A good example is Samsung. The Samsung Knox security solution comes pre-installed in all of the company’s phones, tablets, and wearable devices. This platform provides a more secure booting process, helping to prevent unauthorized software from loading when a user turns on a Samsung mobile device.
How to stay safe on Android and iOS
Many users find Android attractive because it is a more open operating system. This means, though, that you need to be more cautious. But keep in mind, you also must be cautious with iOS.
Consider all the apps you download. Downloading a rogue app is the easiest way to infect your Android phone, tablet, or wearable device with malware or a virus. The same can be true for iOS, especially if you download an app from a third-party source. That’s why it’s important to download apps only from reputable sources.
Your best bet? For Android, stick to the Google Play store. Google Play features countless apps. You really have no reason to download Android apps from any other location. If you do venture outside Google Play, you could likely increase your chances of downloading an infected app. The same goes for iOS. It’s always the better choice to go to the Apple App Store for your apps.
Android vs. iOS: How does the mobile operating system of each impact their security?
Android operating system
Popularity: The Android operating system is hugely popular. This means that developers are constantly building new apps designed to run on the system. That’s good for users ... mostly. The problem comes when hackers create apps designed to infect your mobile devices. There is an app review process for Google Play. Unfortunately, the process is far less stringent than what developers face when adding apps to Apple’s App Store. It's easier, then, for malicious apps to sneak onto the Google Play store and easier for users to accidentally install one. One of the main issues is that the end user can go into an Android device and enable the installation of software from unknown sources. This means that you can install software on the Android device that does not come from the Google PlayStore. The software—or APK, as it’s called—can be downloaded and installed from a website bypassing the Google PlayStore review.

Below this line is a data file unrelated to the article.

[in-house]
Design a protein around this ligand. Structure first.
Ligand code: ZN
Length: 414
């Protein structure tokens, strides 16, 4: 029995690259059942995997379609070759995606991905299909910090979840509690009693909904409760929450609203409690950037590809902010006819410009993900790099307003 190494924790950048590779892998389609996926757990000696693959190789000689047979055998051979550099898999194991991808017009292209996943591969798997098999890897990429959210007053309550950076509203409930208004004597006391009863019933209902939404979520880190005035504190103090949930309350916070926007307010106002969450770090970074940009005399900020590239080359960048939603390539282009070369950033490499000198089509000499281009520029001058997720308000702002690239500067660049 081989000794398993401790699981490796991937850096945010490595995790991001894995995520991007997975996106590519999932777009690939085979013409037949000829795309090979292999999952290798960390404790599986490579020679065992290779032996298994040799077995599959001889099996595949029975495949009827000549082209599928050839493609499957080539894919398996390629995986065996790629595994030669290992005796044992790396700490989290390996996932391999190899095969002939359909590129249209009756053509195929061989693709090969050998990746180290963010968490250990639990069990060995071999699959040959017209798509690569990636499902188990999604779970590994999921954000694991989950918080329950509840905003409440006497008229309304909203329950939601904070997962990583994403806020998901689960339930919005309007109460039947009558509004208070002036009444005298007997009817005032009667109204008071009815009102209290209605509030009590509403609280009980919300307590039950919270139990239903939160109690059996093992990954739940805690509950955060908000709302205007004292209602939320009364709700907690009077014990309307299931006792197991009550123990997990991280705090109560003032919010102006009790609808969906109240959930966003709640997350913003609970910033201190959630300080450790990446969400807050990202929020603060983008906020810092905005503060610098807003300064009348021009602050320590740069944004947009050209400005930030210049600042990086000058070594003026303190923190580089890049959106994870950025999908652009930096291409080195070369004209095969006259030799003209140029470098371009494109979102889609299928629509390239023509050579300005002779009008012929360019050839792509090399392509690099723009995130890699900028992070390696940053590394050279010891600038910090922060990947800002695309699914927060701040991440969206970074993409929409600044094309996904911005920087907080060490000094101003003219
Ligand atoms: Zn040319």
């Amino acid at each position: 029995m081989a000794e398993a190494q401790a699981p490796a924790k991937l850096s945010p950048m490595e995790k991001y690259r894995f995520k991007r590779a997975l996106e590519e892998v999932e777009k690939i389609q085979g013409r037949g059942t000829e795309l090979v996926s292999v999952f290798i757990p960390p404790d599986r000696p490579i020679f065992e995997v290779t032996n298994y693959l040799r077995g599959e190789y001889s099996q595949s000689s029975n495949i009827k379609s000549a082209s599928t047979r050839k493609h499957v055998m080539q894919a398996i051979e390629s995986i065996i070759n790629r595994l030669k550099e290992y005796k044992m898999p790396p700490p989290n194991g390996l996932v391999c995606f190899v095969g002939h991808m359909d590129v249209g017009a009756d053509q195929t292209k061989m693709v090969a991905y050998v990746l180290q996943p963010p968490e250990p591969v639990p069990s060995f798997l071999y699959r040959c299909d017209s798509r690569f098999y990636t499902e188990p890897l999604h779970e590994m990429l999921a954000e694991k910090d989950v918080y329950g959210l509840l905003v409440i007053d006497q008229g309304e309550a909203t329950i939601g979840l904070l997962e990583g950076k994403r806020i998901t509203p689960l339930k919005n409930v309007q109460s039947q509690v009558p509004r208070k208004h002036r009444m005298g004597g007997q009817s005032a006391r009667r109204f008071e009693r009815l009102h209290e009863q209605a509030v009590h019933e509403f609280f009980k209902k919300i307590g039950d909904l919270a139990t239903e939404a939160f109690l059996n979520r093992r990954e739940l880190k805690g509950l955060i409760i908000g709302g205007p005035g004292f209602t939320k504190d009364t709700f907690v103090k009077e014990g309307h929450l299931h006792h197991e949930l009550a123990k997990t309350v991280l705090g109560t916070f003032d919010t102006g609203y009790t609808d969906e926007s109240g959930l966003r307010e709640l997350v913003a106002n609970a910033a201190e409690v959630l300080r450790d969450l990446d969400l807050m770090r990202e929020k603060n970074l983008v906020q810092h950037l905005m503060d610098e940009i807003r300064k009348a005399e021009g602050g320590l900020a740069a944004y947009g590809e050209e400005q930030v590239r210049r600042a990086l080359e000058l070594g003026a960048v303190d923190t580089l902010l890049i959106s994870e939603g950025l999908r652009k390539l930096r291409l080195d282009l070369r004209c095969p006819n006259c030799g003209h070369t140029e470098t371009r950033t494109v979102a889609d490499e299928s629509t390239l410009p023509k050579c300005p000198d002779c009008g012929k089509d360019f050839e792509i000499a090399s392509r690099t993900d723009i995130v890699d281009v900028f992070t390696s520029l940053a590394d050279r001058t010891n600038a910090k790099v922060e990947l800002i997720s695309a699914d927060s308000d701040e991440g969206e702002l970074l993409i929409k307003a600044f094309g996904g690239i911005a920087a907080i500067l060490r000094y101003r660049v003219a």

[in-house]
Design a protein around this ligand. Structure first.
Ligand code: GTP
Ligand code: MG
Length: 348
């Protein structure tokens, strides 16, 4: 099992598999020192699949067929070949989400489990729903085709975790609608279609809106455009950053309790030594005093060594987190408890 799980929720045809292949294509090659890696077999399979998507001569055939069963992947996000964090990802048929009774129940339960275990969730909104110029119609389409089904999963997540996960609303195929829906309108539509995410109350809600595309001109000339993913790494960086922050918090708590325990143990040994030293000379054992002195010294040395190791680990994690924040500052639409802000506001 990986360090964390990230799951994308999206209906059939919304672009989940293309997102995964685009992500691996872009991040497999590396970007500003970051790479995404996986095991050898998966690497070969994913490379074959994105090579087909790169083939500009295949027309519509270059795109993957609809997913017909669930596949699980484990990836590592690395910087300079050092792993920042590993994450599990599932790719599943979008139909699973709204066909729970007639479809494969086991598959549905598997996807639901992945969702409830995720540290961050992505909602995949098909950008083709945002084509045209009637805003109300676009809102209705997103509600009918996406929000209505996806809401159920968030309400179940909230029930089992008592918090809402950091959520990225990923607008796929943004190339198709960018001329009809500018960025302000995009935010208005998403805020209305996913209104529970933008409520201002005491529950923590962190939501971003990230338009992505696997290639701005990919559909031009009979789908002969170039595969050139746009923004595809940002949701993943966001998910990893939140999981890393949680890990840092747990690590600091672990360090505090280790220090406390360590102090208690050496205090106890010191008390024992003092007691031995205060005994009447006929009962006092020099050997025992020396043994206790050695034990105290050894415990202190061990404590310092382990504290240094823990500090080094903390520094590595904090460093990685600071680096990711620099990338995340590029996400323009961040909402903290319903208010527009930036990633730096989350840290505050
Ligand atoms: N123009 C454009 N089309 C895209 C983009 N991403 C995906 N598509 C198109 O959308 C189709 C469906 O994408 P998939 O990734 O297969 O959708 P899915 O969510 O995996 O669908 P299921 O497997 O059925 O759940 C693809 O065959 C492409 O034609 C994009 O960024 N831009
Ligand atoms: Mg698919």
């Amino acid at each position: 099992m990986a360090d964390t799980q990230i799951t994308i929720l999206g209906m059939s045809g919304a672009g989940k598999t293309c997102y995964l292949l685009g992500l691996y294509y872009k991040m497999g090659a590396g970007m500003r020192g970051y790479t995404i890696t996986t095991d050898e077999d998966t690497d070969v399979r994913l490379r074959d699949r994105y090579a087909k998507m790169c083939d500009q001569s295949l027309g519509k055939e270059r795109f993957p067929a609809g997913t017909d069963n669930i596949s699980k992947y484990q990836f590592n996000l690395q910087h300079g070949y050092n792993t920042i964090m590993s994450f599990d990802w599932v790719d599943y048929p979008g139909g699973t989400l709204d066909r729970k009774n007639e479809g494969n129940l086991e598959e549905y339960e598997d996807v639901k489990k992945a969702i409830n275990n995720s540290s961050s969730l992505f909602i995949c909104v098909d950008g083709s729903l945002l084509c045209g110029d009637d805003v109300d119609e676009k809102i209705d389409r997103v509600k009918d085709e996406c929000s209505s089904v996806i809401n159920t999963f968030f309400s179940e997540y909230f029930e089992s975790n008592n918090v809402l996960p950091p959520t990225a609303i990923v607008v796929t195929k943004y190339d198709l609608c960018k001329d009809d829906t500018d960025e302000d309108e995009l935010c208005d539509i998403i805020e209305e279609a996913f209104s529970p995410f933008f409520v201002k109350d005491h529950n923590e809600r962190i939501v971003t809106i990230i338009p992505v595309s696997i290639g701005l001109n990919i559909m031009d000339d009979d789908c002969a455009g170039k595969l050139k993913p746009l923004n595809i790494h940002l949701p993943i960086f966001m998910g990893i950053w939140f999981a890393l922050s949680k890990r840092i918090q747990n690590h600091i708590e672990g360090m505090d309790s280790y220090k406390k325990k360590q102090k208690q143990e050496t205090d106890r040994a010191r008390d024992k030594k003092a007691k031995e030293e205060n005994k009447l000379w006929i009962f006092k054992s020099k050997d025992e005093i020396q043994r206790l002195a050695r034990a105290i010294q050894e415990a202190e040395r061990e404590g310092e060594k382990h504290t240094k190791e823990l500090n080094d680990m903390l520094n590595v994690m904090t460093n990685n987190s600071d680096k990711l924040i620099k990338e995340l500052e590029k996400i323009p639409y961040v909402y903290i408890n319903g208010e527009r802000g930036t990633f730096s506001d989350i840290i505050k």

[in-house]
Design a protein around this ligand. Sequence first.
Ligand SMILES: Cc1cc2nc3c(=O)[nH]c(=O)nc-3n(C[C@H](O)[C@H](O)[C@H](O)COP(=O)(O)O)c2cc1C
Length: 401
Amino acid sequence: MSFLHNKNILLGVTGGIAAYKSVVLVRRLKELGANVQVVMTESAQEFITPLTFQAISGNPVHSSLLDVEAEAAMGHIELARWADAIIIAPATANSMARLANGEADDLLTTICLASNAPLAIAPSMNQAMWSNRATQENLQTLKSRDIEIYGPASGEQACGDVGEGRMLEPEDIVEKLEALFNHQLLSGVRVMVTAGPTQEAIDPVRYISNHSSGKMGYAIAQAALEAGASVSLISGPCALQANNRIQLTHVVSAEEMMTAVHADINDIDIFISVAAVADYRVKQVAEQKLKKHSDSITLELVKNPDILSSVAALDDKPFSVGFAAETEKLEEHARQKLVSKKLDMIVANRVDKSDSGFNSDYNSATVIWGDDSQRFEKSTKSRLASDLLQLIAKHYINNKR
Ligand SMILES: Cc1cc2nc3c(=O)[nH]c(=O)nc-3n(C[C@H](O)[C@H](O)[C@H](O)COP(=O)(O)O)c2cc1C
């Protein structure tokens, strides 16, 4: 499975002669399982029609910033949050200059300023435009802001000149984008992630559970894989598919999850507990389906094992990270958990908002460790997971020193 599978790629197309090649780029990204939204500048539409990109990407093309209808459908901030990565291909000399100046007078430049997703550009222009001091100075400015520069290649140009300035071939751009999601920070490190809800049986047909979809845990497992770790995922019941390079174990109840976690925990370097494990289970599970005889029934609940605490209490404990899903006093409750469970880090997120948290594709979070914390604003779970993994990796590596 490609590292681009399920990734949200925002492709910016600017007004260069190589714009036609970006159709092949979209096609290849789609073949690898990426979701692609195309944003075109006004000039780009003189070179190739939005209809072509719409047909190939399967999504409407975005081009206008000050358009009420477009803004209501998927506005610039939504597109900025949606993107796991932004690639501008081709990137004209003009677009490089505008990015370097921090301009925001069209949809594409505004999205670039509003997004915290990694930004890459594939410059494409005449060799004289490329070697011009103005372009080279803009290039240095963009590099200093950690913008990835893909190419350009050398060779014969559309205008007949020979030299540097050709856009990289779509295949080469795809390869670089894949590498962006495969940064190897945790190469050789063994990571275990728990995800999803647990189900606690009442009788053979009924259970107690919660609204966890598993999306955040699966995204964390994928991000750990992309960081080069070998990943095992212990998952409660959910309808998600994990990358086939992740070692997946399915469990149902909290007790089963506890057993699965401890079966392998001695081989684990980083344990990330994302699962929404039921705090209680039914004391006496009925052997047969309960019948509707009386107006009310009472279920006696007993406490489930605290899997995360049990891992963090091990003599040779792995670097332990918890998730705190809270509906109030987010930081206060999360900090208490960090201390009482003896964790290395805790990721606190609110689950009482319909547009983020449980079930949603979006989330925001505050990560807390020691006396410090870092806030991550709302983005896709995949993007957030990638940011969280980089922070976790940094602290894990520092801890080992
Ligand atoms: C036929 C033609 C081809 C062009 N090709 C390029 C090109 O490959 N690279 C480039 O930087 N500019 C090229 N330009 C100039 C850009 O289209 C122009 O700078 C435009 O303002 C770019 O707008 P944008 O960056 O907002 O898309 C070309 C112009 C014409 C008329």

Open source: Android owners can modify the source code of their Android devices. This makes the system a better choice for users who want the flexibility to change the way their mobile devices run. But it can also make Android devices vulnerable to attacks. When altering their device’s source code, users could accidentally leave an opening for cybercriminals.
Fragmented: Unlike the iOS operating system that only runs on Apple-branded products, the Android operating system runs on mobile devices manufactured by a host of companies. Some companies might provide hardware that is more secure than others. Moreover, the manufacturer of the device can use a custom ROM or base operating system that has software installed that cannot be easily removed or analyzed for malicious intent.
More stringent controls: It’s more difficult for developers to get apps into the App Store. That’s because the review process is more stringent. Because of this, it’s less likely for a malicious app to sneak into Apple’s store.
Less flexibility: Apple doesn’t allow the owners of its devices to modify its iOS operating system or custom ROMs to be loaded on their devices. That makes the system more secure since Apple controls the complete experience. This doesn’t stop some owners from “jailbreaking” their Apple mobile devices, modifying their source code on their own. Jailbreaking opens new capabilities on the devices — such as changing digital-assistant Siri’s voice, for instance. Be careful if you do this: Apple won’t provide support to such devices.
A less tempting target: Because the iOS operating system powers fewer mobile devices, hackers don’t target the system as often. This makes sense: Hackers and cybercriminals can ensure more victims if they focus more of their attacks on the more popular Android operating system.
Dan Rafter is a freelance writer who covers tech, finance, and real estate. His work has appeared in the Washington Post, Chicago Tribune, and Fox Business.